- Set objectives and review how other libraries do things
- Take a close look at technology on-hand
- Undertake a procedures audit and comprehensively revise written policies and procedures
- Consider skills development for affected staff, with attention to new tasks they may become responsible for
Evaluations and subsequent comments confirm that participants found both the presentations and roundtable discussions very helpful. Read about the presentations on this blog, or watch recordings; see also the discussion groups' transcribed and summarized flipcharts. "I can't remember the last time I came away from a program feeling so fired up and brimming with new ideas!" wrote one participant. Others were equally enthusiastic, and many offered us useful suggestions that we can integrate into the program as we bring it to more regions across the US.
On March 23, keynote speaker Roy Tennant looked out at 117 catalogers, administrators, and technical services staff from around the Los Angeles area gathered at the beautiful Huntington Library, and his eye immediately caught sight of a button on the shirt of an attendee. He read it out loud for all to hear:
"Cataloging is a Public Service."
The phrase immediately resonated with members. But like other areas of the library, cataloging is experiencing fundamental change. Roy described the progression of contemporary users' search for information as "The Hierarchy of Desire," after Maslow's "Hierarchy of Needs" suggesting that the modern user craves immediate access over all else, and that 21st century metadata must meet this need.
For libraries and technical services in particular, reacting to a hierarchy of desire requires real changes for cataloging as a public service. Add in our extreme resource pressures -- budget crunches and staffing cuts -- and the need to find new cataloging efficiencies becomes doubly important.
The event looked to four local speakers to show us methods and strategies for effecting real, impactful improvements in (efficient) cataloging as a public service:
Helen Heinrich, Cataloging Coordinator at Cal State Northridge, shared some factors in resistance to change, including staff job insecurity, lack of trust, and "coasters" (those who have done their jobs the same way for many years). Helen found a wealth of new cataloging efficiency initiatives including: eliminating duplicate processes, "one touch" handling, adjusting quality standards (abandoning perfectionism) and instituting a culture of trust for one's colleagues.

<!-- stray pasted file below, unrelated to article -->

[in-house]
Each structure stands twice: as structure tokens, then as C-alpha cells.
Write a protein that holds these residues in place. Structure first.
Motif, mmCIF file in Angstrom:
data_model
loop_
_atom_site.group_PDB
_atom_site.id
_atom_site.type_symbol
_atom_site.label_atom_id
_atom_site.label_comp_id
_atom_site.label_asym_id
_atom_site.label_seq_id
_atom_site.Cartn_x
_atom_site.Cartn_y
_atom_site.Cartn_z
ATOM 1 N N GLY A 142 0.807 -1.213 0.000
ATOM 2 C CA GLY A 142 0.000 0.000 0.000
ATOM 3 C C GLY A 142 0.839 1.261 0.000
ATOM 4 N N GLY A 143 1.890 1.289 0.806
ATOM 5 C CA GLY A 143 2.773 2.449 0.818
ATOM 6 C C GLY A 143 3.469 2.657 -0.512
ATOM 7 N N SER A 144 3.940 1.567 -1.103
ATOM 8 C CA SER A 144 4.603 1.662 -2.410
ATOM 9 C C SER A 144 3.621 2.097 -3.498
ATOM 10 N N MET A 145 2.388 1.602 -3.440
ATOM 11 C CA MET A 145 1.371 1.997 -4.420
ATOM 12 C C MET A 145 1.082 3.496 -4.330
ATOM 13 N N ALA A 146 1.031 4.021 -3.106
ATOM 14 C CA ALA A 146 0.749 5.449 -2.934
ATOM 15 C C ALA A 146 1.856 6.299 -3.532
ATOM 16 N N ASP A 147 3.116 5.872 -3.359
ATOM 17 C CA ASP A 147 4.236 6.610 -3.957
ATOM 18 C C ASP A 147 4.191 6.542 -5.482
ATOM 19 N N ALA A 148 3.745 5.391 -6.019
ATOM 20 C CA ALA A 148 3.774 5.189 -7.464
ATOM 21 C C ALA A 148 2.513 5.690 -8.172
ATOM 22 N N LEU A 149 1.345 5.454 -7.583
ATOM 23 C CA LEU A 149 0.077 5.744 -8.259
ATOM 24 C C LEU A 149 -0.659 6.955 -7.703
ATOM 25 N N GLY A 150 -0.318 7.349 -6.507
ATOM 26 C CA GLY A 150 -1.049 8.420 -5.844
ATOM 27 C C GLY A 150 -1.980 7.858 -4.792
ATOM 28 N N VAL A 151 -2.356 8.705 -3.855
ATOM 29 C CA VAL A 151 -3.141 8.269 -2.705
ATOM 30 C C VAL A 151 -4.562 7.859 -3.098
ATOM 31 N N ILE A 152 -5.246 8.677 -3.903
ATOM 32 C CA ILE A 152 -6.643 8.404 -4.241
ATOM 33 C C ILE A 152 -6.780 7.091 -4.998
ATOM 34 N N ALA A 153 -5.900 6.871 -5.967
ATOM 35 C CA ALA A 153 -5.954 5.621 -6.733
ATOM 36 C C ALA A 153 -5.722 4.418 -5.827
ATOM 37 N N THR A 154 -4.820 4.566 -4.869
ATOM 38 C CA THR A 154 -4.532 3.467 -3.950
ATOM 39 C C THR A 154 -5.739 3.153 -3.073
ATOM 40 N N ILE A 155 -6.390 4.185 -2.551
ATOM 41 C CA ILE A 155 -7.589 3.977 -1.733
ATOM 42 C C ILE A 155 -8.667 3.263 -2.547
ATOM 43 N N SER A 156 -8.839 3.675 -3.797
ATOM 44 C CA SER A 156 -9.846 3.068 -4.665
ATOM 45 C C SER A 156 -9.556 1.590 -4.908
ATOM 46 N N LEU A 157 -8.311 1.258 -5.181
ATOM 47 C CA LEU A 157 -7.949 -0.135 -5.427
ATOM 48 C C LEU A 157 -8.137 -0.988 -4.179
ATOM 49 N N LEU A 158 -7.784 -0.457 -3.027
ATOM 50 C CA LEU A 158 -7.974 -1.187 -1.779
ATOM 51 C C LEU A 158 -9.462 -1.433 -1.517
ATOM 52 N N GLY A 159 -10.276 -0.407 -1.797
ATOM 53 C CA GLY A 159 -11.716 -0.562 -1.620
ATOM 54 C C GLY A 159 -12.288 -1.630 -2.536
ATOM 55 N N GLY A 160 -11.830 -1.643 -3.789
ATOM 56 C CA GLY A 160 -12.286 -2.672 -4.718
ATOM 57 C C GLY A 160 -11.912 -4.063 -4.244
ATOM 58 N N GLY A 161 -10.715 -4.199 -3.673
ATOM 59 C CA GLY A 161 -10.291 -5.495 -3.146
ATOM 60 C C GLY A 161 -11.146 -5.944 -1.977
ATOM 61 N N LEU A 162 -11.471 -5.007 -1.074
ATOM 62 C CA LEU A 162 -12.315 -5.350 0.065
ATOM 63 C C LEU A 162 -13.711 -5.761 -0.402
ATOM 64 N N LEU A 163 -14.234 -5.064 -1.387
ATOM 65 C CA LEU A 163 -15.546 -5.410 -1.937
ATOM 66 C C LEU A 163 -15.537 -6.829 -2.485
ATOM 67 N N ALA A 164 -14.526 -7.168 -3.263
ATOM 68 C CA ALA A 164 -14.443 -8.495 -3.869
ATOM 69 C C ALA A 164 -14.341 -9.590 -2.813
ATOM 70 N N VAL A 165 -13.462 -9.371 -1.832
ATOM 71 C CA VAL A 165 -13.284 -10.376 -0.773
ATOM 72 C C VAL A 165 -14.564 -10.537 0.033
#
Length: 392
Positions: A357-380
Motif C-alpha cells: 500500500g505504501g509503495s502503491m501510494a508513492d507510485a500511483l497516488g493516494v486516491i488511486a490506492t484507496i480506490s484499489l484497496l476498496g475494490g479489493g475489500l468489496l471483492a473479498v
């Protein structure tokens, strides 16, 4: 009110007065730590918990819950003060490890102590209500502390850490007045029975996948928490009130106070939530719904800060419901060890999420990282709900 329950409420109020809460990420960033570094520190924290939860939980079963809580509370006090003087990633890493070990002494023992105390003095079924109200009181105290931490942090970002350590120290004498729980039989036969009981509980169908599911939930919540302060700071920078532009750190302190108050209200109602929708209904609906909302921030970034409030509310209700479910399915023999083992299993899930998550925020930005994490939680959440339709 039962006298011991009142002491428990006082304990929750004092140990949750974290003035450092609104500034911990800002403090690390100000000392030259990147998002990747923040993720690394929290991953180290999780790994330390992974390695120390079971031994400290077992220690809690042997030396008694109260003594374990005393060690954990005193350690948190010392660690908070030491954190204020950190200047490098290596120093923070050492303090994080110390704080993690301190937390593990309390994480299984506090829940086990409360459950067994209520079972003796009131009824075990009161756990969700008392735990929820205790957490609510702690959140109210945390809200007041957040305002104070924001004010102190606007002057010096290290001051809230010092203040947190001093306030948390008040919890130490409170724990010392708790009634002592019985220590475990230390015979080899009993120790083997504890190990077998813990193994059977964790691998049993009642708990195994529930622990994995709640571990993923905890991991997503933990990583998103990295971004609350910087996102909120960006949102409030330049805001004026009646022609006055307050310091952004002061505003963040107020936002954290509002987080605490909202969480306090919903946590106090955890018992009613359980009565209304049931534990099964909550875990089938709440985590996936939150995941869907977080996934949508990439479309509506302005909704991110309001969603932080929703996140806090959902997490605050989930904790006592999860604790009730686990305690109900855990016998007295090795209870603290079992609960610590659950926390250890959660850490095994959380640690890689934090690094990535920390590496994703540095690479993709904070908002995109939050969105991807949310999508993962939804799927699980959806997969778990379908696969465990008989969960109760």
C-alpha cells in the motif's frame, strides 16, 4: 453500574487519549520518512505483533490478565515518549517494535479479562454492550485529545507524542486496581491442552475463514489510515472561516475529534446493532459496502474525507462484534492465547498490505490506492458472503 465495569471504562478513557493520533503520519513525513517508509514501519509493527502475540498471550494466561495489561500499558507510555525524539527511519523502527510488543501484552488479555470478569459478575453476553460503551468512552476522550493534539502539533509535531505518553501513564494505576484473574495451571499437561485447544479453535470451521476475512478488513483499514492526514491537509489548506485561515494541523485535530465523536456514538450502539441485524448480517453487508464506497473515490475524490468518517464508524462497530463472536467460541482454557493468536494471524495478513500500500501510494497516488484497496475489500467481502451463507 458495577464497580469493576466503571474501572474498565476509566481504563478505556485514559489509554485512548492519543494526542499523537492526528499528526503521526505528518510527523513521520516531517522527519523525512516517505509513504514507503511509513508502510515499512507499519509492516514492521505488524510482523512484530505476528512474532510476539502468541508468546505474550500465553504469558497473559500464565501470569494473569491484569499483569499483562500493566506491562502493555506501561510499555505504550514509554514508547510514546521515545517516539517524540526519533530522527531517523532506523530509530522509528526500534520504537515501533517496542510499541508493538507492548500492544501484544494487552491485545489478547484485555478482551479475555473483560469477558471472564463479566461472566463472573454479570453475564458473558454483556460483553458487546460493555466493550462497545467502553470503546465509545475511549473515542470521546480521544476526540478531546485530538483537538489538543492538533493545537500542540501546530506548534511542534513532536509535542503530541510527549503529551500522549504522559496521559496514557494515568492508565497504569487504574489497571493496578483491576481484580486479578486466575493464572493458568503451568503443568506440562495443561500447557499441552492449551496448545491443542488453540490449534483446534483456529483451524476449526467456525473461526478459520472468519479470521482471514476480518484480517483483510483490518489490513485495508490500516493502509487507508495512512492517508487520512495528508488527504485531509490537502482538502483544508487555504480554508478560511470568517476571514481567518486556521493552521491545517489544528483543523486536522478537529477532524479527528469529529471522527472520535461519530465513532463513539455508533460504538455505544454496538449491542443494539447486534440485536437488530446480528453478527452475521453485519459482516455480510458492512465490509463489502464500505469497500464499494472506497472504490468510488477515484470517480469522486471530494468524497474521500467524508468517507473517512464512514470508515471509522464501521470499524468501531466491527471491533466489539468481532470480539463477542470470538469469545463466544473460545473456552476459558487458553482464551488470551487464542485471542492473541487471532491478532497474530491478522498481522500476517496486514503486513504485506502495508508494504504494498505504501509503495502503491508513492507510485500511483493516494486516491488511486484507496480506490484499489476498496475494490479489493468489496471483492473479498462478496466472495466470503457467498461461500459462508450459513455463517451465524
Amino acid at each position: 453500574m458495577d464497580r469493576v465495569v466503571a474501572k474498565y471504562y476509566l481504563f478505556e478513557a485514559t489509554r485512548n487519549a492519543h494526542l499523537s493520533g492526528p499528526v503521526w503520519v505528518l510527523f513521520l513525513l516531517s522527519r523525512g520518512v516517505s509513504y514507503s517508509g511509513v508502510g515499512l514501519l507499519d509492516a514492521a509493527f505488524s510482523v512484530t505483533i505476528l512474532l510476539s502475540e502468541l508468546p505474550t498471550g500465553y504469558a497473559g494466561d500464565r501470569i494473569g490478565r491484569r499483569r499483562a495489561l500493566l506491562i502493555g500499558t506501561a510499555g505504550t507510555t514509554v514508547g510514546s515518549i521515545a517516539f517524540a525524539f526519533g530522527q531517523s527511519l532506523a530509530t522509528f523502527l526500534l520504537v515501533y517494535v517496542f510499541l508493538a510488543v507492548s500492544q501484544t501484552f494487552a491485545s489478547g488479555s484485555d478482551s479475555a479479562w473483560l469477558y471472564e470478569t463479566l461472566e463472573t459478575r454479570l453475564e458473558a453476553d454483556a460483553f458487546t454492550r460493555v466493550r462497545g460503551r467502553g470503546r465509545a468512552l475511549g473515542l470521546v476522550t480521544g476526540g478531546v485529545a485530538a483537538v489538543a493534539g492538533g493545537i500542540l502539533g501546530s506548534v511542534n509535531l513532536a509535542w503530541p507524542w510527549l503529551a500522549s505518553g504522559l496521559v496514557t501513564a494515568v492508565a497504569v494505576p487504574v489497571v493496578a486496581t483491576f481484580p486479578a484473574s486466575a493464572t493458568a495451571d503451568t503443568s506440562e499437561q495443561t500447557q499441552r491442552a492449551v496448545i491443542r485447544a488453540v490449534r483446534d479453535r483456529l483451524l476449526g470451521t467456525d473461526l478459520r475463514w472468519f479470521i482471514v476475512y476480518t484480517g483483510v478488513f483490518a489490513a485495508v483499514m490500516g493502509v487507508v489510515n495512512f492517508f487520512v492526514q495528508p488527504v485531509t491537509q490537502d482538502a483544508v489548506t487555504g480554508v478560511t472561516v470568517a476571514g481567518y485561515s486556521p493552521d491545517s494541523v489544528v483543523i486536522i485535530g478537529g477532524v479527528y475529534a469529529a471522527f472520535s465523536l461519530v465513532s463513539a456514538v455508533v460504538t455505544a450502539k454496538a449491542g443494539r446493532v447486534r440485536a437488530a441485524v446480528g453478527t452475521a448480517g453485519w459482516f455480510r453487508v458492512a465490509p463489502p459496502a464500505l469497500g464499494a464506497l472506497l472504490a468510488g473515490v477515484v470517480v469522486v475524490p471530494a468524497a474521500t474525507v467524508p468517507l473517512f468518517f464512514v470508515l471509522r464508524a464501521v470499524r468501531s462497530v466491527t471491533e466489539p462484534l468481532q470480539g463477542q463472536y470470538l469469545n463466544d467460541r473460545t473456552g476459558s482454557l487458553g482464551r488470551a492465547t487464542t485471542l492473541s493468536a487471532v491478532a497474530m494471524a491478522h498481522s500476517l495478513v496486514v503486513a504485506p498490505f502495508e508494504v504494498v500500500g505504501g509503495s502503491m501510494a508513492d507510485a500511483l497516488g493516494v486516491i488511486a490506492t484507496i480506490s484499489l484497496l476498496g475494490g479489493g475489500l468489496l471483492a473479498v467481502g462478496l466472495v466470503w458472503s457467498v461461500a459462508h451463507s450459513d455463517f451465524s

Caltech's Laura Smart shifted her library's culture from "outside-in" to "inside-out" in order to focus cataloging expertise on exposing unique, local materials.
UCLA's Sharon Benamou worked with selectors to reassess how "full" their users needed a catalog record to be, and leveraged technology to automate and streamline processes.
Holly Tomren of UC-Irvine summarized many key trends, among them: be driven by the user, use batch processes, eliminate redundant work, use "good enough" records, cooperate with other libraries, and use reactive (patron driven) catalog maintenance.
By the end of the day, speakers and participants left with numerous strategies to create 21st century metadata, gain efficiencies in their workflows, and maximize the value of cataloging as a public service.
The panel discussion during our "Cataloging Efficiencies that Make a Difference" events has proved to be a popular segment, and provides a chance for participants to hear from area colleagues. The panel and Q&A format were recently voted as the top format with another library group I work with on a regular basis, reinforcing the idea that this is the learning model enjoyed by many librarians.
At the recent "Good Practices for Great Outcomes" event at Florida Southern College in Lakeland, Florida, panelist Debbi Dinkins (Stetson University) challenged her colleagues to "Let it go!" Put into context, Debbi outlined the challenges in cataloging ebooks. Faced with thousands of ebooks to catalog and a history of cataloging perfection, it had come time to "let it go!" The "good enough" records meant less stress for staff, and surprisingly didn't stop patrons from finding and borrowing ebooks in record numbers.
"Let it go!" became the day's mantra, transforming cataloging backlogs in the participants' minds from a heavy weight to a manageable workload. Faced with staff reductions and huge backlogs, participants came to the meeting with feelings of being overwhelmed. Throughout the day networking opportunities brought solidarity to the group, and the "good enough" philosophy was embraced by many. You could almost hear the sigh of relief!
Despite challenging times in Florida, we were all impressed with the continuing commitment to serve users, identify improvements and most importantly, a genuine interest in learning from each other.